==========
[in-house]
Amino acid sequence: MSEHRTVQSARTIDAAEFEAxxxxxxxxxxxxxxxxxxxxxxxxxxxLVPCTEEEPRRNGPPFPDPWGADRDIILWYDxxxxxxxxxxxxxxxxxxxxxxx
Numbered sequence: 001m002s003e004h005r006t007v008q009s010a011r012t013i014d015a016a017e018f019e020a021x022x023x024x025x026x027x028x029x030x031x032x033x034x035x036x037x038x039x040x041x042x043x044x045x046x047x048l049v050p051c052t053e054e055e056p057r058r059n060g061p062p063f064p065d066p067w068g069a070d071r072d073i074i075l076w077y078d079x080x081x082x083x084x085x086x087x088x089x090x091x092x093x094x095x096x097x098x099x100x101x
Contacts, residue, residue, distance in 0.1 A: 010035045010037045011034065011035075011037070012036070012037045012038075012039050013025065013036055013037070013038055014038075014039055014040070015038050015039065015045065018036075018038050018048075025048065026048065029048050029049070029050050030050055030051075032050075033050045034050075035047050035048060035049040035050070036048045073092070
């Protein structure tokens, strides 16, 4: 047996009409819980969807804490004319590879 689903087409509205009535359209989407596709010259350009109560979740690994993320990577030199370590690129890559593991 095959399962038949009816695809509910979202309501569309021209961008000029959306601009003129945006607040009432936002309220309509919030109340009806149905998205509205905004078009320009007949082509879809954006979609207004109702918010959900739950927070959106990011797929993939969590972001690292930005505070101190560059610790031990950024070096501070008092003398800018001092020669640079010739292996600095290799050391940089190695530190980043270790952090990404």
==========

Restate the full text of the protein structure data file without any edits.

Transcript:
[in-house]
Amino acid sequence: MSEHRTVQSARTIDAAEFEAxxxxxxxxxxxxxxxxxxxxxxxxxxxLVPCTEEEPRRNGPPFPDPWGADRDIILWYDxxxxxxxxxxxxxxxxxxxxxxx
Numbered sequence: 001m002s003e004h005r006t007v008q009s010a011r012t013i014d015a016a017e018f019e020a021x022x023x024x025x026x027x028x029x030x031x032x033x034x035x036x037x038x039x040x041x042x043x044x045x046x047x048l049v050p051c052t053e054e055e056p057r058r059n060g061p062p063f064p065d066p067w068g069a070d071r072d073i074i075l076w077y078d079x080x081x082x083x084x085x086x087x088x089x090x091x092x093x094x095x096x097x098x099x100x101x
Contacts, residue, residue, distance in 0.1 A: 010035045010037045011034065011035075011037070012036070012037045012038075012039050013025065013036055013037070013038055014038075014039055014040070015038050015039065015045065018036075018038050018048075025048065026048065029048050029049070029050050030050055030051075032050075033050045034050075035047050035048060035049040035050070036048045073092070
């Protein structure tokens, strides 16, 4: 047996009409819980969807804490004319590879 689903087409509205009535359209989407596709010259350009109560979740690994993320990577030199370590690129890559593991 095959399962038949009816695809509910979202309501569309021209961008000029959306601009003129945006607040009432936002309220309509919030109340009806149905998205509205905004078009320009007949082509879809954006979609207004109702918010959900739950927070959106990011797929993939969590972001690292930005505070101190560059610790031990950024070096501070008092003398800018001092020669640079010739292996600095290799050391940089190695530190980043270790952090990404």